Ocean Rig Hits Out At Premier Oil With $63m Demand

Published at 11:18AM - 16/02/16

Ocean Rig hits out at Premier Oil with a US$63 million demand in relation to the early cancellation of the ultra deepwater drilling Eirik Raude.

The move from Ocean Rig follows a statement released Friday 12th by Premier Oil, stating that they were cancelling the contract for the Eirik Raude “Following a number of material operational issues with the Eirik Raude rig during the term of the contract to date,”

Premier’s cancellation came with immediate effect, and brought an end to the company’s drilling operations offshore Falklands, with the planned exploration of the Chatham prospect cancelled.

Ocean Rig Hits Out At Premier Oil

If Premier Oil were to prove their case, it would exonerate them from all further charges related to the contract with Ocean Rig.

However Ocean Rig have now issued a counter statement claiming that they are viewing Premier’s move purely as a ‘termination for convenience’; and do not recognise any claim for operational issues.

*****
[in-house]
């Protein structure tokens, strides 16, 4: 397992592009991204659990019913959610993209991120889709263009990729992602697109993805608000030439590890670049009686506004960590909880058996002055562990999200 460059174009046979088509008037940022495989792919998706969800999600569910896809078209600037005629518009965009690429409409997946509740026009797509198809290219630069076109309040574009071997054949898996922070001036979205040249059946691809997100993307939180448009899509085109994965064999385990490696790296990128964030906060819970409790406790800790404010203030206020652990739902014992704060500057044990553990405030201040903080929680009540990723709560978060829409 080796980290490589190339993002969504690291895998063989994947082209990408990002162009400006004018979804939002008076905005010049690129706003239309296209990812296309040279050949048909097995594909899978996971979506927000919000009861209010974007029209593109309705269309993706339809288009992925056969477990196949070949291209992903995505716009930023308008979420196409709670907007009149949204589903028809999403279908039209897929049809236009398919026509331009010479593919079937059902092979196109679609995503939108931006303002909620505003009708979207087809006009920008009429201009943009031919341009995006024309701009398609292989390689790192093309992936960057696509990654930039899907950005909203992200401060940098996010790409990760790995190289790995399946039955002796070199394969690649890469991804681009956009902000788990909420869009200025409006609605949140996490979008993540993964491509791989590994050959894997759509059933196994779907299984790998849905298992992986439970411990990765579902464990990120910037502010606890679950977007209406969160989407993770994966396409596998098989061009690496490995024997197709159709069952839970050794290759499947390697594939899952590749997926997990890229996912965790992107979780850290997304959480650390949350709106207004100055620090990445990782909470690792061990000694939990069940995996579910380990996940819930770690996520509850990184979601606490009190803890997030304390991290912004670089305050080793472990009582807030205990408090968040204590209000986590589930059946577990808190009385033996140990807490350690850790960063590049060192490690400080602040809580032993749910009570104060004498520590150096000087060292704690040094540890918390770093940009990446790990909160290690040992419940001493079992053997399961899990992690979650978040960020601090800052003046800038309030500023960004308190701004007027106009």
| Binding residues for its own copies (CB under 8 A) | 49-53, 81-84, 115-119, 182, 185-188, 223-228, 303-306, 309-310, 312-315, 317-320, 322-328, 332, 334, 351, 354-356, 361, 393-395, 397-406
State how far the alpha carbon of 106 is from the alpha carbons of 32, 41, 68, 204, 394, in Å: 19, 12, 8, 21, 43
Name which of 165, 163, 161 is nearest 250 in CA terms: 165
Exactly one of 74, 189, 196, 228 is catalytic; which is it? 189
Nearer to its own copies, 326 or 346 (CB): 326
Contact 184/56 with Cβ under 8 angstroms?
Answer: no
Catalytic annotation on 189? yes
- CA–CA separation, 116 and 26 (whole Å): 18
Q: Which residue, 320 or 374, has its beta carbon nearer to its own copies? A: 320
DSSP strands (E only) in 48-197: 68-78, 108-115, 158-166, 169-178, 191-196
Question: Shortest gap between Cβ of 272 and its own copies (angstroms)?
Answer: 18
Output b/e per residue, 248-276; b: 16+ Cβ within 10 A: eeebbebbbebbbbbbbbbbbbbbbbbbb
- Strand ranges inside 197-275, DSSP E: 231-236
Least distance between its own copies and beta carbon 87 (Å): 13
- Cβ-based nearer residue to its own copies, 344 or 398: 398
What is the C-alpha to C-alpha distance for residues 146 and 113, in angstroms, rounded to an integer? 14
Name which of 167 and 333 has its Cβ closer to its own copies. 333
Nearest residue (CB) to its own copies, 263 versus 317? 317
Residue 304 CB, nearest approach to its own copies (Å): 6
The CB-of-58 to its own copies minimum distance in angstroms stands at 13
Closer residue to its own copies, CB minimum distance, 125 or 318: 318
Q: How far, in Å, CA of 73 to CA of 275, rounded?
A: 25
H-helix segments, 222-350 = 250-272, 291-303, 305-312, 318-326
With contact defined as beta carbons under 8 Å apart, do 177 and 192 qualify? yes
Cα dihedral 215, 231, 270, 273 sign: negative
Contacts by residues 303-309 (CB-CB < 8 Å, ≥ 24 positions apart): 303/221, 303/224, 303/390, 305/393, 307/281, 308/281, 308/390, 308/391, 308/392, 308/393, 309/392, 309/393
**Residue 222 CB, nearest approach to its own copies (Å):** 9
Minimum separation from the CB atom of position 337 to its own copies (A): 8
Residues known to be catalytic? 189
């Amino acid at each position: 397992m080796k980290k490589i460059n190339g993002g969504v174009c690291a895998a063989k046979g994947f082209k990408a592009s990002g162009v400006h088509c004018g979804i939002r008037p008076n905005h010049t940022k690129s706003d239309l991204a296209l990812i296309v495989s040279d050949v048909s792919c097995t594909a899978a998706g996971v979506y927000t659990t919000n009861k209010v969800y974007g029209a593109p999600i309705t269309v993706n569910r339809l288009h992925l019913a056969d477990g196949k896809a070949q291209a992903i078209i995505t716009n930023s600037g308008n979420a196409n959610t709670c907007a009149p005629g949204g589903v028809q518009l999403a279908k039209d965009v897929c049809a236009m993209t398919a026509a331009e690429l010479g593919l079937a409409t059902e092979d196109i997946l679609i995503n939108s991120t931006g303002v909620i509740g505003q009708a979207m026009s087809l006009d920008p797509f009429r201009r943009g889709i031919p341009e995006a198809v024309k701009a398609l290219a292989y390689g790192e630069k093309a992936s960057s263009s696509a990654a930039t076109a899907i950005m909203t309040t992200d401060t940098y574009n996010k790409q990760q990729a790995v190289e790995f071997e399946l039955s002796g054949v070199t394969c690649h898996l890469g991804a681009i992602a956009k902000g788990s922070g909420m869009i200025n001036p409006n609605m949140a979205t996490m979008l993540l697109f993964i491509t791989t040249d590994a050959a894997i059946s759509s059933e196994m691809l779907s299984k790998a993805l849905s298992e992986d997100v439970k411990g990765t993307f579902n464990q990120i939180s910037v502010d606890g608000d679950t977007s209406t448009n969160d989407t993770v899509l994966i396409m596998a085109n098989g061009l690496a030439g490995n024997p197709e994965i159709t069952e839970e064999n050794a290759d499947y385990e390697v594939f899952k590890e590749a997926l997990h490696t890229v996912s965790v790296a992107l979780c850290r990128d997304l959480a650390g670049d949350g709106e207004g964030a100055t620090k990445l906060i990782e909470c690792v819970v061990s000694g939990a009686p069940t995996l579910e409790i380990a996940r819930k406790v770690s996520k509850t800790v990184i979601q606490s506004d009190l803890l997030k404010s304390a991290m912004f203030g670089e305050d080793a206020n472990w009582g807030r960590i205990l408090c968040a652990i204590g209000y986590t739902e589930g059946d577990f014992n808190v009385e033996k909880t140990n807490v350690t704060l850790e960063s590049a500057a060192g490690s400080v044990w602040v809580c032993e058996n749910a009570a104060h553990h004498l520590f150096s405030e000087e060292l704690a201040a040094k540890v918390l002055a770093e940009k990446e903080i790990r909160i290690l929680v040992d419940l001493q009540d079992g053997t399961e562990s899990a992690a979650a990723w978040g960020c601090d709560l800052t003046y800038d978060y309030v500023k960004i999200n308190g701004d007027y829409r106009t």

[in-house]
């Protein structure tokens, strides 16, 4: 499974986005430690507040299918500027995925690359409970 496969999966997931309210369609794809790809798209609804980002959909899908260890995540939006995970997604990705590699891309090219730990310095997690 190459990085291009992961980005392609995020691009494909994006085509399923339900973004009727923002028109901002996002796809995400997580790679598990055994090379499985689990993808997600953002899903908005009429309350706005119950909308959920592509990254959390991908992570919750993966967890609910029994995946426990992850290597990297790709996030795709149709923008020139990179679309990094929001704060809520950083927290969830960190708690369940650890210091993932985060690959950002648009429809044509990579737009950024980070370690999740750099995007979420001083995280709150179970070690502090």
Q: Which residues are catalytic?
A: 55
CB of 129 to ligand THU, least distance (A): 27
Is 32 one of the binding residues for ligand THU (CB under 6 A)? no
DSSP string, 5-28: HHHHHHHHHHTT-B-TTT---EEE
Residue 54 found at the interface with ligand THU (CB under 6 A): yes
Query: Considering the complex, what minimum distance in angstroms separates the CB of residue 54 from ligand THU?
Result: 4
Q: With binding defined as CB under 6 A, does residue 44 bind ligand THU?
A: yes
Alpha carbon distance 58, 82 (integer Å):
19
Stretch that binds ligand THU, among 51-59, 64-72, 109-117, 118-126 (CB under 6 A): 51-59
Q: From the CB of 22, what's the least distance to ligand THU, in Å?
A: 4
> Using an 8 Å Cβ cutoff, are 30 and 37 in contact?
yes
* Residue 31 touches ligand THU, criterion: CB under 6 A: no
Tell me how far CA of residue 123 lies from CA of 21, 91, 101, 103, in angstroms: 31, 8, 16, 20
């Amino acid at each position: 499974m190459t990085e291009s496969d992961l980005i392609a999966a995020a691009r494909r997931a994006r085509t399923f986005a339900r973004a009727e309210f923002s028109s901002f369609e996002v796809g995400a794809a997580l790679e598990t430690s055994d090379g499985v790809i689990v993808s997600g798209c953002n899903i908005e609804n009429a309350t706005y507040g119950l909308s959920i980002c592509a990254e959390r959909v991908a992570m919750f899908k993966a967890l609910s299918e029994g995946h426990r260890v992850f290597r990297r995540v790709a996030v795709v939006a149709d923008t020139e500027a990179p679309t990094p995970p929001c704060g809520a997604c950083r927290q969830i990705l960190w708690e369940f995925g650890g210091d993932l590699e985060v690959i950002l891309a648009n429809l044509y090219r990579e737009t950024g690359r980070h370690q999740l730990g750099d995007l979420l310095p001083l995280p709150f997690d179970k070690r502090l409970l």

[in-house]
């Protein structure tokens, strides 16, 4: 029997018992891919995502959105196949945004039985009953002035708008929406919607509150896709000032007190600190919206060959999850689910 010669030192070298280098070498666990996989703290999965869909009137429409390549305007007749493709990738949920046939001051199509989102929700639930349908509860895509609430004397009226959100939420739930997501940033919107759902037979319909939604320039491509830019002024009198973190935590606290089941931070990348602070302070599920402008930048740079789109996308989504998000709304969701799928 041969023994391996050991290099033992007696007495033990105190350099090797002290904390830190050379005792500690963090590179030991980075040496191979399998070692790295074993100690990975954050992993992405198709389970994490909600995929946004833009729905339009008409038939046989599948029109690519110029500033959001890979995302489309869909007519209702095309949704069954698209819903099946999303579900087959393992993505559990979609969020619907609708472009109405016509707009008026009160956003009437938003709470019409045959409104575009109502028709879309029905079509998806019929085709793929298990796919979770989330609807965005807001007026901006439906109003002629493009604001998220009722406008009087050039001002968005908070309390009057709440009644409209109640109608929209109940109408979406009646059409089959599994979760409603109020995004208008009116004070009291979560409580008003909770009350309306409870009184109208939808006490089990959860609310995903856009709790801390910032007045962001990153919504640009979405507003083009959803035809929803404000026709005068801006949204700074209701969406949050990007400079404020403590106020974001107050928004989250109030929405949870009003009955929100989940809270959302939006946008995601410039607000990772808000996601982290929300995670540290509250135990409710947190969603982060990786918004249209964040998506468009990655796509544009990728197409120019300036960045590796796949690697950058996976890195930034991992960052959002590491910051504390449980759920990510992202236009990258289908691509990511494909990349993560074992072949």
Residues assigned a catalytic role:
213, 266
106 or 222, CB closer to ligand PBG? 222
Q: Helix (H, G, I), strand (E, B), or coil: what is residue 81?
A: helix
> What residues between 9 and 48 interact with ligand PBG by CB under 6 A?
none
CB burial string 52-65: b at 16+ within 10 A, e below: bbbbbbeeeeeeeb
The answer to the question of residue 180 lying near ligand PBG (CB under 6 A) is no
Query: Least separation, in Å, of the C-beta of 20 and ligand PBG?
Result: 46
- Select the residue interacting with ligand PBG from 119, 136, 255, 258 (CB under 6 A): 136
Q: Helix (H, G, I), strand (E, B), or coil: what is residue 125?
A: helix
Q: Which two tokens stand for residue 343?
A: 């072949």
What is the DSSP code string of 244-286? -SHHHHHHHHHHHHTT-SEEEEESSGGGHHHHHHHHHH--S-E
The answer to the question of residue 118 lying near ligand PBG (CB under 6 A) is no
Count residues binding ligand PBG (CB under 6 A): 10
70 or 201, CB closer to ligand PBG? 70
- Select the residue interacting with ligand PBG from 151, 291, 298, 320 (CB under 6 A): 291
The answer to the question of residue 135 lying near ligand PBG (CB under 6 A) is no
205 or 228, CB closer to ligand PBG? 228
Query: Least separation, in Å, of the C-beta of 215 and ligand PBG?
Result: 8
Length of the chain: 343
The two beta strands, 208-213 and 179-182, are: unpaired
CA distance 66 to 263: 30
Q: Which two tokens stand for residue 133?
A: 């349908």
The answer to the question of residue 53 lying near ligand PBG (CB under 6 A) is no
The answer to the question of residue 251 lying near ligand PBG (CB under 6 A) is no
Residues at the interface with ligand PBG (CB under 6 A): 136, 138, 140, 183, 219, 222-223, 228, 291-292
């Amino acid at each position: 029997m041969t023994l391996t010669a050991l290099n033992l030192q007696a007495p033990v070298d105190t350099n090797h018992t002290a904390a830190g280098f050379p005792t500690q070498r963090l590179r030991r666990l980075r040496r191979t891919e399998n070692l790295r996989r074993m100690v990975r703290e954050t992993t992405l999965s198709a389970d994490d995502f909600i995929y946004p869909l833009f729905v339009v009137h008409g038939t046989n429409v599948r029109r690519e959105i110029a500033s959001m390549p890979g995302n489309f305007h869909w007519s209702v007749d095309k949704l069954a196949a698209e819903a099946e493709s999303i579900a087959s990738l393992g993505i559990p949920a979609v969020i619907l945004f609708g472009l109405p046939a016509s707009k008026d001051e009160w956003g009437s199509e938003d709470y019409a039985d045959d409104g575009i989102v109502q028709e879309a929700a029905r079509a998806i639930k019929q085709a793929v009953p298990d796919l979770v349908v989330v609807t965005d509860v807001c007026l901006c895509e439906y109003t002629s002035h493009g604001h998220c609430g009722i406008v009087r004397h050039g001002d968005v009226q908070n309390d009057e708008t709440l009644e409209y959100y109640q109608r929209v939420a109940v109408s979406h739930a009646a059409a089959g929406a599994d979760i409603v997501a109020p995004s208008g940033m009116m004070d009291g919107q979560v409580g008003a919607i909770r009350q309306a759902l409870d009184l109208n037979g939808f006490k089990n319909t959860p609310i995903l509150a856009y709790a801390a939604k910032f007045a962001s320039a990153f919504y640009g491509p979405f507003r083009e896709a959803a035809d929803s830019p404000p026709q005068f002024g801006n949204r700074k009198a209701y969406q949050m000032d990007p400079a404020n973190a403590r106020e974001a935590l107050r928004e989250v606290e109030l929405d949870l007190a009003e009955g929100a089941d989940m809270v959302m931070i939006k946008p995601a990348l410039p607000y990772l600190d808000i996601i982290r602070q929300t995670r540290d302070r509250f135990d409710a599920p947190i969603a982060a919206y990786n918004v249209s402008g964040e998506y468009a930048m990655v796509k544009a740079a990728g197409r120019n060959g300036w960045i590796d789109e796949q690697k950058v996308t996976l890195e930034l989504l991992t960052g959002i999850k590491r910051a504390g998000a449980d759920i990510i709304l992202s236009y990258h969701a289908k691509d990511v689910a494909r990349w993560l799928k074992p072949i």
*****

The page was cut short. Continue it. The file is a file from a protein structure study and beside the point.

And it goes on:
The offshore drilling contractor’s stance also comes with a payment demand of US$62.9 million, inline with the contract’s termination clause.

A spokesman for the company said: “Ocean Rig has accepted Premier Oil Plc.’s termination for convenience and is entitled to a termination fee of up to $62.9m.”

“In case Premier Oil Plc. contests the payment of such fee we intend to commence arbitration proceedings without any further notice.”

The news comes at the same time as Ocean Rig announced the cancellation of second a long-term contract, with oil major Total, for the 7th generation drillship Ocean Rig Apollo.

Ocean Rig CEO, George Economou, added: “It is really regrettable that two of our clients have decided to terminate drilling contracts for convenience.”

“This is a reminder of the extremely challenging times facing the offshore drilling industry and oil companies taking unprecedented action to reduce their capital expenditures.”

“The prospects for the industry remain bleak and we currently see limited prospects of a recovery before 2018 at the earliest.”